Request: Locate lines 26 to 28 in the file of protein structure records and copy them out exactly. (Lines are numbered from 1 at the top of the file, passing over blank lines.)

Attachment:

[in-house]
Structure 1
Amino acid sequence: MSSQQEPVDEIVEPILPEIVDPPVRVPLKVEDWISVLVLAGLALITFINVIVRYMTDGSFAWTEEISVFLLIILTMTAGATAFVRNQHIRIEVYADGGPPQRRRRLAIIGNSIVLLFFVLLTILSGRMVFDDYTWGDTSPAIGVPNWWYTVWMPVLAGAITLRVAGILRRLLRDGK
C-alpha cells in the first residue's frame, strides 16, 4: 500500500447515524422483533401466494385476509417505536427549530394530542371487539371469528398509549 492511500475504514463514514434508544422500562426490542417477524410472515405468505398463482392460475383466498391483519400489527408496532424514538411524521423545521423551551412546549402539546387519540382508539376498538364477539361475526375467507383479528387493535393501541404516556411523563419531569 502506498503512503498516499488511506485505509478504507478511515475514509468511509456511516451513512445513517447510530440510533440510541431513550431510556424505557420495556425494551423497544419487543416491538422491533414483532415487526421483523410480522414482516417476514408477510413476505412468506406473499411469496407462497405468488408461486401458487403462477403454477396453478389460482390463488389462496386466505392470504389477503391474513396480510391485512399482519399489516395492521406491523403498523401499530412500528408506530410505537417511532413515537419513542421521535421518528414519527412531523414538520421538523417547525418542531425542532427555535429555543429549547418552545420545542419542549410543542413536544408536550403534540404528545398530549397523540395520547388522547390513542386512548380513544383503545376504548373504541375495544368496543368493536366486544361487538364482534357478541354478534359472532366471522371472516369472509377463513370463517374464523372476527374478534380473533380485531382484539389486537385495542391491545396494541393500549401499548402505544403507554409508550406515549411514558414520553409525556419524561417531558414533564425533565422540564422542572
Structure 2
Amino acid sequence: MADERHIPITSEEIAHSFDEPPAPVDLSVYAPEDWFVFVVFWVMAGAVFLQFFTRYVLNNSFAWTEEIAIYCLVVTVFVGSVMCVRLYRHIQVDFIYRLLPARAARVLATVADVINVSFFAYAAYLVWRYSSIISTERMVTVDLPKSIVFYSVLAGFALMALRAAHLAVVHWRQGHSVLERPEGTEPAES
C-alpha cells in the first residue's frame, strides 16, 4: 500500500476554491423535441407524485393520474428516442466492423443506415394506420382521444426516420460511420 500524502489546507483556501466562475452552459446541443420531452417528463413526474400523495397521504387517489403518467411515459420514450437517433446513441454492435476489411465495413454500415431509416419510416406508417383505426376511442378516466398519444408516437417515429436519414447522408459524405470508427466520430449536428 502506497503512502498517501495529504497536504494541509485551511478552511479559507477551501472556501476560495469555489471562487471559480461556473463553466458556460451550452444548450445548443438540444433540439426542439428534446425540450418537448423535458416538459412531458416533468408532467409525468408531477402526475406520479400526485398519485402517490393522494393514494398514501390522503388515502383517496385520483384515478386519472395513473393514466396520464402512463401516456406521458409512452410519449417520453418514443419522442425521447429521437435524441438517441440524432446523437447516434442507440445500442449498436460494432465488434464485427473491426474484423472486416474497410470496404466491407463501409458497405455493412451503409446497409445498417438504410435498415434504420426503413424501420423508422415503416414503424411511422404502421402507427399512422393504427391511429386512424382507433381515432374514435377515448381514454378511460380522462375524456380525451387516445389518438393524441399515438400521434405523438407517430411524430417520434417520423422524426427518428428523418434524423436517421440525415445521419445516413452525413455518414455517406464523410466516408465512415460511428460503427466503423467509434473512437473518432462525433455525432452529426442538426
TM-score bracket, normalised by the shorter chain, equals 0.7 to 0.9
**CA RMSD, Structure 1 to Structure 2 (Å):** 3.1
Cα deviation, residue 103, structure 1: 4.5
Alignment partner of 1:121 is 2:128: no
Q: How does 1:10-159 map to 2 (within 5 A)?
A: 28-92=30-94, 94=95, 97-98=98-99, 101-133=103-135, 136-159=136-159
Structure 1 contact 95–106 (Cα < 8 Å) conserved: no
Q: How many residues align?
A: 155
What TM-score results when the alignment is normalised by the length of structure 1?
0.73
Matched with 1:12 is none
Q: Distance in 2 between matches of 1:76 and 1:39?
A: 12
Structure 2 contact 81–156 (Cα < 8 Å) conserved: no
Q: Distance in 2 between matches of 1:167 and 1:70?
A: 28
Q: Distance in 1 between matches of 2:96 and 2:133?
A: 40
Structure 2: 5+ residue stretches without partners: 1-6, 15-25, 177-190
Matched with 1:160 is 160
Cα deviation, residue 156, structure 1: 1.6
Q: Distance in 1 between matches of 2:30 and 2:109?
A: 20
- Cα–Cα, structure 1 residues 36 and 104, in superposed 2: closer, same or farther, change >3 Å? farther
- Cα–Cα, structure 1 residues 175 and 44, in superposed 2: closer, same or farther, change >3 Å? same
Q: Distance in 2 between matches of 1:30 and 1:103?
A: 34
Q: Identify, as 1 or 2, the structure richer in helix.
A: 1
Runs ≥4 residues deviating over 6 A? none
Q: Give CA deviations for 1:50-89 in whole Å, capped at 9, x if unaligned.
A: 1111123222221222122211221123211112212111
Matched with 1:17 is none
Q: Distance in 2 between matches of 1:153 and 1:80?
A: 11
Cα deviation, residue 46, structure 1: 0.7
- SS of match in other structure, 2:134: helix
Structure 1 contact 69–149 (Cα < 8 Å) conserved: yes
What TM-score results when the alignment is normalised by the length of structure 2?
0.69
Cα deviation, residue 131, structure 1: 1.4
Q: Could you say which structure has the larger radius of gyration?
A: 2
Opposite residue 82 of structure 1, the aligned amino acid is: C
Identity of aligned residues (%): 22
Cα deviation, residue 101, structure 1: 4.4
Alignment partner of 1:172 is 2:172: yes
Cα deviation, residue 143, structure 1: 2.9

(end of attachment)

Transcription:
A: 40
Structure 2: 5+ residue stretches without partners: 1-6, 15-25, 177-190
Matched with 1:160 is 160